The key building blocks are:

  • the general availability of voice assistants such as Alexa and retrofit devices for switches, lights, and even toilet-flushers; and
  • the ability of Alexa to serve as a proactive controller and friendly reminder of daily activities.

This will be a recurring theme as we move from room to room in this Smart Home Features for Older Adults series. Below are some specific challenges that have the bathroom as their location.


Flushing & Hand Washing

One of the Tech-enhanced Life readers sent in this problem. Here is what she wrote.

“My mother (with dementia) wakes up often in the middle of the night to use the bathroom and forgets to wash her hands/flush the toilet. She often forgets during the day as well.”

She went on to say:

“I am sensitive to sounds and her movements so I wake up and shout “make sure you wash your hands.” But this just can’t go on. I just worry about her hygiene. 

I do have a small mat that I purchased on Amazon that will set off an annoyingly loud alarm if she were to stand on it. I am wishing that instead of the annoyingly loud alarm, it would say “wash your hands” or had some programmable voice command option. Do things like this exist? Sensors with voice activated alarms that are programmable?

I mean, I can record myself saying the commands, I just need something to trigger them. 🙂  

I feel like something probably exists and I am just overlooking it. 


This motivated Frank to work on a “solution”, which you can read about in the “Recipes and Kits” section, below.


Shower Water Temperature

A number of Frank’s friends and relations live in senior living communities around the USA. Here is the request one of them sent him on behalf of members of her community.

“We want a solution that helps manage water temperature for the shower.”

She went on to say:

“In particular, we want to:

  • avoid being accidentally scalded if we hop in the shower when it is set too “hot”;
  • have a simple way to know when the shower water has warmed up enough so we can hop in, without waiting too long and wasting water, and without needing to be continually reaching in and checking by hand.”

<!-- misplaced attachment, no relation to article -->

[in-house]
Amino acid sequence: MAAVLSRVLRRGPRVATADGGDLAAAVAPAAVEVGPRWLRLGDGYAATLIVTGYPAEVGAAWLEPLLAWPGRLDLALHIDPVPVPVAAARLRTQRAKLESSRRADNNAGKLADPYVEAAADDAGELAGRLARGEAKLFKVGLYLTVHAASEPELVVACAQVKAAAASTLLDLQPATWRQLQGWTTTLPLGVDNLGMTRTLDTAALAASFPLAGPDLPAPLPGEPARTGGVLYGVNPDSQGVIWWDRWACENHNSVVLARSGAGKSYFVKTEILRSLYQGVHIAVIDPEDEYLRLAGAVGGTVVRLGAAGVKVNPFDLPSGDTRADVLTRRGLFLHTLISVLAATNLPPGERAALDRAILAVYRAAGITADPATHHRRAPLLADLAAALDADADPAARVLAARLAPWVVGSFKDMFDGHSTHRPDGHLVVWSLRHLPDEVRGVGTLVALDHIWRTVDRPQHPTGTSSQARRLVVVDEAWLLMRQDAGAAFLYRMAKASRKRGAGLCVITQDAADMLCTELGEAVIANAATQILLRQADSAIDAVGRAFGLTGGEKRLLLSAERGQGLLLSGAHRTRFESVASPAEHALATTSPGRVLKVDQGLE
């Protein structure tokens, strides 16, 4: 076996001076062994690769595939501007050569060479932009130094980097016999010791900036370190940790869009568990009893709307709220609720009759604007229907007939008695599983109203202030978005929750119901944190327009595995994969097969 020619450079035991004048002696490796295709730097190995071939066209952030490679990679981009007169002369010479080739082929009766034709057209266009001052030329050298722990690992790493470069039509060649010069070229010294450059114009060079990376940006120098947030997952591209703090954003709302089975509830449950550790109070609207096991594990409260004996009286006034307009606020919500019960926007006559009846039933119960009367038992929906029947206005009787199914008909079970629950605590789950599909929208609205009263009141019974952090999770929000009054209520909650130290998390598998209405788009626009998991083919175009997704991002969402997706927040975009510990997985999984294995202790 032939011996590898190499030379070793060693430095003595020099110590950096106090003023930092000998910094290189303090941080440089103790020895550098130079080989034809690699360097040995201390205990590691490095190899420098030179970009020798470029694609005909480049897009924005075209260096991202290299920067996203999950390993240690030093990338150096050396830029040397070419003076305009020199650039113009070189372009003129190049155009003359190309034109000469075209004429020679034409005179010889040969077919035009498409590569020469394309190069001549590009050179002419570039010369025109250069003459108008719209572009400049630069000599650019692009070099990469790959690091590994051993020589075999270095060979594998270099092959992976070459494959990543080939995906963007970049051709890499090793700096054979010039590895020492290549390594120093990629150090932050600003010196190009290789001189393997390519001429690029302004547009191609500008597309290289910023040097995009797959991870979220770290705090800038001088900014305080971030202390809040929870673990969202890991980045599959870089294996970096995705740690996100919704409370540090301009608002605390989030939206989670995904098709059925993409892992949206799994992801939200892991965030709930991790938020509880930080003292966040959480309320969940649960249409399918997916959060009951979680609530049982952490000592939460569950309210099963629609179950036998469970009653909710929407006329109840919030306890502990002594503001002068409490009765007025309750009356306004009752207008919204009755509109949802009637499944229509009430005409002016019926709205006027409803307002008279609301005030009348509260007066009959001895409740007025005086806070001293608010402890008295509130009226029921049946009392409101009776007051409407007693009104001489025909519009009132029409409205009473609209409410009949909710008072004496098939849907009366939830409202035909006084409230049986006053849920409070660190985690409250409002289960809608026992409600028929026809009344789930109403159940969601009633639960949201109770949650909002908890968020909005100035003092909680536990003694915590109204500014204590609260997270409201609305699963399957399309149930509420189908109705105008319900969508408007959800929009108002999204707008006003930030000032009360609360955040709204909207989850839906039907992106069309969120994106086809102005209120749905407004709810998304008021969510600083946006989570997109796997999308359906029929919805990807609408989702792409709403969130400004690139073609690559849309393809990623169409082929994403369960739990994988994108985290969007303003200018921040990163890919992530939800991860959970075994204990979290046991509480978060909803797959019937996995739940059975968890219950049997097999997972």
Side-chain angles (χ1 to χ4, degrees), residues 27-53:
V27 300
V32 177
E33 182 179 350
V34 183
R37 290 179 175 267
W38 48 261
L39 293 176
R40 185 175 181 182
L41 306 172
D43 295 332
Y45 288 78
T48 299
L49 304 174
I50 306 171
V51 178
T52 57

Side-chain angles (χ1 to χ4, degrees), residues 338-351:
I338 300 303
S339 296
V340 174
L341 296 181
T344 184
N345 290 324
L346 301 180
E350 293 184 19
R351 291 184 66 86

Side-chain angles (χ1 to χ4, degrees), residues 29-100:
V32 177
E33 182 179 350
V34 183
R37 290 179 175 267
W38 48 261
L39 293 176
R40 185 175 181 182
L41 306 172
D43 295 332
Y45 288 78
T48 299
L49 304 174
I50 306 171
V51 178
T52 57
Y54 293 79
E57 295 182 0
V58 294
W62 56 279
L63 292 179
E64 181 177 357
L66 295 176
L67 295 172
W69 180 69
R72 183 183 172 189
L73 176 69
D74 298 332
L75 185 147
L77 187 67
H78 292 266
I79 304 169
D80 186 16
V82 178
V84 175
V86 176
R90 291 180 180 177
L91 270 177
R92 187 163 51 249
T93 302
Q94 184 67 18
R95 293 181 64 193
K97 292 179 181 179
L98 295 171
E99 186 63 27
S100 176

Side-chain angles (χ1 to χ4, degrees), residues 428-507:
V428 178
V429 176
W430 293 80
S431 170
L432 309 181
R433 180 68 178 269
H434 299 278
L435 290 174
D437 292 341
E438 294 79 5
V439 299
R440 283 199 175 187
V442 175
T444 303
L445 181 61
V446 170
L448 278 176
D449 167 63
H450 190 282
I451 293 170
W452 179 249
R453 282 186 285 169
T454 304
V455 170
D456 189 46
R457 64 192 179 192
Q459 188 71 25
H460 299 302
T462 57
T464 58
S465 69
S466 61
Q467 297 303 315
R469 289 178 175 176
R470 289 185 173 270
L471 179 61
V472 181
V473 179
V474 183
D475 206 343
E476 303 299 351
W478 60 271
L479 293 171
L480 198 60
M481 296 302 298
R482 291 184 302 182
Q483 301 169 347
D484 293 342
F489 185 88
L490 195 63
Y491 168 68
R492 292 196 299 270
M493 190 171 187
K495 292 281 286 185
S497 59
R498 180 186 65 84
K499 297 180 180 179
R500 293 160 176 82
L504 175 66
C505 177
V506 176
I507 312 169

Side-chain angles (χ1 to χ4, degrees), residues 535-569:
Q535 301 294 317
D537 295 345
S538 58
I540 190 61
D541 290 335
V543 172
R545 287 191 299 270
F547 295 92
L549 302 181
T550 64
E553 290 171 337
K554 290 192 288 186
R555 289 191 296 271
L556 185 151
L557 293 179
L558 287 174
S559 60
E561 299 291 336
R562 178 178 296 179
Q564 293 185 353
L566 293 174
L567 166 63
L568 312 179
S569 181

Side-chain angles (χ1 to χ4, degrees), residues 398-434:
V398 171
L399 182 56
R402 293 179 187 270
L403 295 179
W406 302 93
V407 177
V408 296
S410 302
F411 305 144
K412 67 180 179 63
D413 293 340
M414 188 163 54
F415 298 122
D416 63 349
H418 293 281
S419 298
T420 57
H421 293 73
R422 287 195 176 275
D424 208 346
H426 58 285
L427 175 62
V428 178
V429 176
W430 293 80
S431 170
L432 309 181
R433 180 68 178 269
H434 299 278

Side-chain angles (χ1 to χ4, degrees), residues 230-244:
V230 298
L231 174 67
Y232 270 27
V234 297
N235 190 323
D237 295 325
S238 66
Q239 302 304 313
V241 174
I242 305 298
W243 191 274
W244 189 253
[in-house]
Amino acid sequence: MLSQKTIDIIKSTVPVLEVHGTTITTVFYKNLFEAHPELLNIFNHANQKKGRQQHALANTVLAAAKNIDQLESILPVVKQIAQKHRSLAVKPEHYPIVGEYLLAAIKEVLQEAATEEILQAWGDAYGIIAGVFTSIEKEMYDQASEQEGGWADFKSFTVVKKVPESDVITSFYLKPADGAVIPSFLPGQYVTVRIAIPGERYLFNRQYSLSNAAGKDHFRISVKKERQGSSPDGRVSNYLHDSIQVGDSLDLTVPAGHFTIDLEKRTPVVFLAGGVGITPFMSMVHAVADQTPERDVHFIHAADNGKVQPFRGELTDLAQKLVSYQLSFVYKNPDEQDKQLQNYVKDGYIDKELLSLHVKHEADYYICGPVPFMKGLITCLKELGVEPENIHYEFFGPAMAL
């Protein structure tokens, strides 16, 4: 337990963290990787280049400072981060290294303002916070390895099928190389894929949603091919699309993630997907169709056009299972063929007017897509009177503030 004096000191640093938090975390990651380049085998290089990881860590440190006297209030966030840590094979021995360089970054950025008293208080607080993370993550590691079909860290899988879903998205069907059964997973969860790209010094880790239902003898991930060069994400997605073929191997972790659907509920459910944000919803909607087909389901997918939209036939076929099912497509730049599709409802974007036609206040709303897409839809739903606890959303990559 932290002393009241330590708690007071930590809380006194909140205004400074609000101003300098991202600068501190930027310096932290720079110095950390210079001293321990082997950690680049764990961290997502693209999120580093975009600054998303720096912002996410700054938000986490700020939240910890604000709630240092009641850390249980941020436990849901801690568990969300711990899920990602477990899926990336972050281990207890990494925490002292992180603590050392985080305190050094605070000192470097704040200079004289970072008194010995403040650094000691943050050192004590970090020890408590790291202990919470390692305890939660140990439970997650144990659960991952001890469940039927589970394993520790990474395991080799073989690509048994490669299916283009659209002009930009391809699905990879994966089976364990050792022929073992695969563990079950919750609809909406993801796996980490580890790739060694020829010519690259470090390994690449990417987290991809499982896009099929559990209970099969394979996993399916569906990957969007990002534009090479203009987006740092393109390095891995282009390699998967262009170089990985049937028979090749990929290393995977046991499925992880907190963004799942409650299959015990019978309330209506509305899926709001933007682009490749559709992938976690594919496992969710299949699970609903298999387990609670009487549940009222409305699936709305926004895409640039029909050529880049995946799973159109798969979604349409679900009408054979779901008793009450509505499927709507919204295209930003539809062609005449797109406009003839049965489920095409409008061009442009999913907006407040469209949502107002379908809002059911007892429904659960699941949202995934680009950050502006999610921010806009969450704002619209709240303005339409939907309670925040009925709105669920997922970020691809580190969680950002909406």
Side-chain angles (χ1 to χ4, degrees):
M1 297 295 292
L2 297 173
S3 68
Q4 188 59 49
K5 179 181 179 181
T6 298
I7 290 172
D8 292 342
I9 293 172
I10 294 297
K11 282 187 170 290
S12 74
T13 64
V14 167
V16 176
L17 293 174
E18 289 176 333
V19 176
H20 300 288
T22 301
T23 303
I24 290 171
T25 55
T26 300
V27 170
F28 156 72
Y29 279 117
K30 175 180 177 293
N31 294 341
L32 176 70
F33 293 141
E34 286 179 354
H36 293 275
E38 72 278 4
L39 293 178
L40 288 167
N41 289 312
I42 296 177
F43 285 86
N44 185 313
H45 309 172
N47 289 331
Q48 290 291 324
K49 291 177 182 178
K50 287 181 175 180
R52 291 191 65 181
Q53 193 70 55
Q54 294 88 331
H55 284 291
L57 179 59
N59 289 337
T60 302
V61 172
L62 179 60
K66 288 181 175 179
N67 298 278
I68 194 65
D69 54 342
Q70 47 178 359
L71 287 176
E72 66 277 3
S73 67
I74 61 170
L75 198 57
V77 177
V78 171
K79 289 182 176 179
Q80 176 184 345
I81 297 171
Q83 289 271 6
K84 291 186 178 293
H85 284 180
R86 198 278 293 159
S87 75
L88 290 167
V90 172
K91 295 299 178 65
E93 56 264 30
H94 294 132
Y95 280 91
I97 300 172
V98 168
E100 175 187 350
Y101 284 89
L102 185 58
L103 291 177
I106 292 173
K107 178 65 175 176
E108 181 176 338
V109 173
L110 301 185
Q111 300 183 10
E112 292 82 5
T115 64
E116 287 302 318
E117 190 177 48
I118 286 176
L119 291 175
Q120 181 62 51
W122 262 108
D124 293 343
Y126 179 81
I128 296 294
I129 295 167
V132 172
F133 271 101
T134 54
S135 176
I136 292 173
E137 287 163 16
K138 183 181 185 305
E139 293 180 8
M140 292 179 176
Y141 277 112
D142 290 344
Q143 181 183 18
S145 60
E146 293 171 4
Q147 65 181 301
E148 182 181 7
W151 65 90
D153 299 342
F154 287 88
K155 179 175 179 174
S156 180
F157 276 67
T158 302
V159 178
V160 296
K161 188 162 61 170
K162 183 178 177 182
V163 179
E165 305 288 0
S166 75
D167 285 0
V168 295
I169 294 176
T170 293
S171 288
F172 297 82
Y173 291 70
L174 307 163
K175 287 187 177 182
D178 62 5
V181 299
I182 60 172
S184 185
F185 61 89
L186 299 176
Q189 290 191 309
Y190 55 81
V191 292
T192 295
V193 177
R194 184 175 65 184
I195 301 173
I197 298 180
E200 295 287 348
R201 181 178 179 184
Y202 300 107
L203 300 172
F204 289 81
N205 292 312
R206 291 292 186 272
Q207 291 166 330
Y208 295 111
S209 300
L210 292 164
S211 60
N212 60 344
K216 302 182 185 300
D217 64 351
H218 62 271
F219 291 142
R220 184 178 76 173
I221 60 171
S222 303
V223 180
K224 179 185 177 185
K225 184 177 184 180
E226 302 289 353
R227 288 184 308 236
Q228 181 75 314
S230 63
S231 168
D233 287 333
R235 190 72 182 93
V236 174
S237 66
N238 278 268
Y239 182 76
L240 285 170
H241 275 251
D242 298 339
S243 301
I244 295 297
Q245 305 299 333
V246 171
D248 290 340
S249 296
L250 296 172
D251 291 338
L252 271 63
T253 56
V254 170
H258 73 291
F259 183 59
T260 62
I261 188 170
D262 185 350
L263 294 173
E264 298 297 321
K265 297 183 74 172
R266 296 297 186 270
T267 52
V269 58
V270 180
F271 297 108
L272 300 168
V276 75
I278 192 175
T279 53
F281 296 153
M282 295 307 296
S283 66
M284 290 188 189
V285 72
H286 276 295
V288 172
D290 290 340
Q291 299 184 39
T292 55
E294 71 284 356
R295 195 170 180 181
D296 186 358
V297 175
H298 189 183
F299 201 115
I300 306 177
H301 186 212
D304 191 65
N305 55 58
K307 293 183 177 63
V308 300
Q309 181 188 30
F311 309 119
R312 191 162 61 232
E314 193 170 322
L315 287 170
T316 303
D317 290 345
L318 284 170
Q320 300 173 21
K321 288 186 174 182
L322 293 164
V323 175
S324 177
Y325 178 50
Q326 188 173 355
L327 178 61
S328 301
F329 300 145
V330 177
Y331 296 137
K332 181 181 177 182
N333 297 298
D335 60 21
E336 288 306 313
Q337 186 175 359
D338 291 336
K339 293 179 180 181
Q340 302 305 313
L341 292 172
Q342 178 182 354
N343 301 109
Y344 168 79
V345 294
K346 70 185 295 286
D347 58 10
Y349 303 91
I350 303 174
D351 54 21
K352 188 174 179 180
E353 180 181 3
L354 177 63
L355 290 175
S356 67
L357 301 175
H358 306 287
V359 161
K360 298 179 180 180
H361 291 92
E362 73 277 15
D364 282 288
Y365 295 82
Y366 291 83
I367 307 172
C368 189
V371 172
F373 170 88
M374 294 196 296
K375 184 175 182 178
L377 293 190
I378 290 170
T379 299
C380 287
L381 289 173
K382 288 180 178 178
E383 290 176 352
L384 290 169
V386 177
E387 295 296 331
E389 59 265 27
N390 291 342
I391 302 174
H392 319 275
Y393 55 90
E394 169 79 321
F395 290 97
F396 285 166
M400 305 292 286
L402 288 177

This motivated Frank to work on a “solution”, which you can read about in the “Recipes and Kits” section, below. It has proven popular in the community for which he developed it.


Leaving The Toilet Seat Up

Another of Frank’s relatives asked him if he could come up with a solution for her husband “leaving the toilet seat up”. As Frank describes it: “My brother-in-law forgets to put the toilet seat down causing my sister to almost fall in once during the night“.

You can see a solution to that below in the Recipe & Kit List section too.  




The Recipes & Kits

The following Recipes (& Kits) are authored by Frank Engelman.


Automatic Bathroom Lighting

I (Frank) have an entire article on “Automating a Parent’s Lights“, in which I describe in gory detail several different approaches (with specific products).

For smart bathroom lighting, here is the basic idea.

  1. Install a motion detector that can sense when you or your friend or family member “enters the bathroom”. [You can adapt for whatever action you would like to use to trigger the lights].
  2. Replace existing light bulbs with light bulbs that can be controlled by Alexa (no electrician required).
  3. Add an Alexa in the bathroom to act as the local “controller” and speak reminders.
  4. Create an Alexa “Routine” to control when the lights come on and whether other things happen as well, such as Alexa saying something appropriate.
  • To see the exact products we used, see our “Smart Bathroom Kit List“.
  • My preference is to use a product that incorporates both the Alexa and the motion sensor into a single package. It’s called an (Echo Flex + Motion Sensor) and you can see it in the image below, and find exact details and a link to where you can buy it in the Smart Bathroom Kit List above.


Mounting the Alexa Echo Flex + Motion Sensor Package

Below are two different ways we have tried mounting the motion sensor + Alexa package.

Both worked well, and the right choice depends on the exact geometry of your bathroom. The (Alexa + motion sensor) is the white rectangular device plugged into the power outlet. It is actually two separate products connected together. The main “brain” is an Echo Flex, and the extra attached module is the motion sensor.